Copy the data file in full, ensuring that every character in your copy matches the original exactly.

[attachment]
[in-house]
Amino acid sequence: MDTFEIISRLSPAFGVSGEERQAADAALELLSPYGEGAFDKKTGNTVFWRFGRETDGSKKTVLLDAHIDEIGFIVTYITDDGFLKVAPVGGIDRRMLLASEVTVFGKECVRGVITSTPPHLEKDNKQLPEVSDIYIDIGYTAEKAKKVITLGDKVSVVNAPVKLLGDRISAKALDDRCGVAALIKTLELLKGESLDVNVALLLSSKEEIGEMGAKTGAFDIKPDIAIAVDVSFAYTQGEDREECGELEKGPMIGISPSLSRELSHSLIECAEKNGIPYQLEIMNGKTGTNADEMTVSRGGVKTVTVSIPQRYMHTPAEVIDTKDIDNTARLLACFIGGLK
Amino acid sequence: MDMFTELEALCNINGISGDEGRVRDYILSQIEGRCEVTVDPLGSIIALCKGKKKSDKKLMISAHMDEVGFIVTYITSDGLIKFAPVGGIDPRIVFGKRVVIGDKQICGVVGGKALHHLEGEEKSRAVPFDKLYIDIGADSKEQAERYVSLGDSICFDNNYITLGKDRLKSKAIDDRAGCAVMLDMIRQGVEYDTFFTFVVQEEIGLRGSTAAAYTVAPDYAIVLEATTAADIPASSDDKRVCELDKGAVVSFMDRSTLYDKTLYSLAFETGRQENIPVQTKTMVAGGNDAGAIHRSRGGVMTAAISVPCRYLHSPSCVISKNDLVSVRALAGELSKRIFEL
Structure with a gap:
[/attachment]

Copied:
[in-house]
Amino acid sequence: MDTFEIISRLSPAFGVSGEERQAADAALELLSPYGEGAFDKKTGNTVFWRFGRETDGSKKTVLLDAHIDEIGFIVTYITDDGFLKVAPVGGIDRRMLLASEVTVFGKECVRGVITSTPPHLEKDNKQLPEVSDIYIDIGYTAEKAKKVITLGDKVSVVNAPVKLLGDRISAKALDDRCGVAALIKTLELLKGESLDVNVALLLSSKEEIGEMGAKTGAFDIKPDIAIAVDVSFAYTQGEDREECGELEKGPMIGISPSLSRELSHSLIECAEKNGIPYQLEIMNGKTGTNADEMTVSRGGVKTVTVSIPQRYMHTPAEVIDTKDIDNTARLLACFIGGLK
Amino acid sequence: MDMFTELEALCNINGISGDEGRVRDYILSQIEGRCEVTVDPLGSIIALCKGKKKSDKKLMISAHMDEVGFIVTYITSDGLIKFAPVGGIDPRIVFGKRVVIGDKQICGVVGGKALHHLEGEEKSRAVPFDKLYIDIGADSKEQAERYVSLGDSICFDNNYITLGKDRLKSKAIDDRAGCAVMLDMIRQGVEYDTFFTFVVQEEIGLRGSTAAAYTVAPDYAIVLEATTAADIPASSDDKRVCELDKGAVVSFMDRSTLYDKTLYSLAFETGRQENIPVQTKTMVAGGNDAGAIHRSRGGVMTAAISVPCRYLHSPSCVISKNDLVSVRALAGELSKRIFEL
Structure with a gap: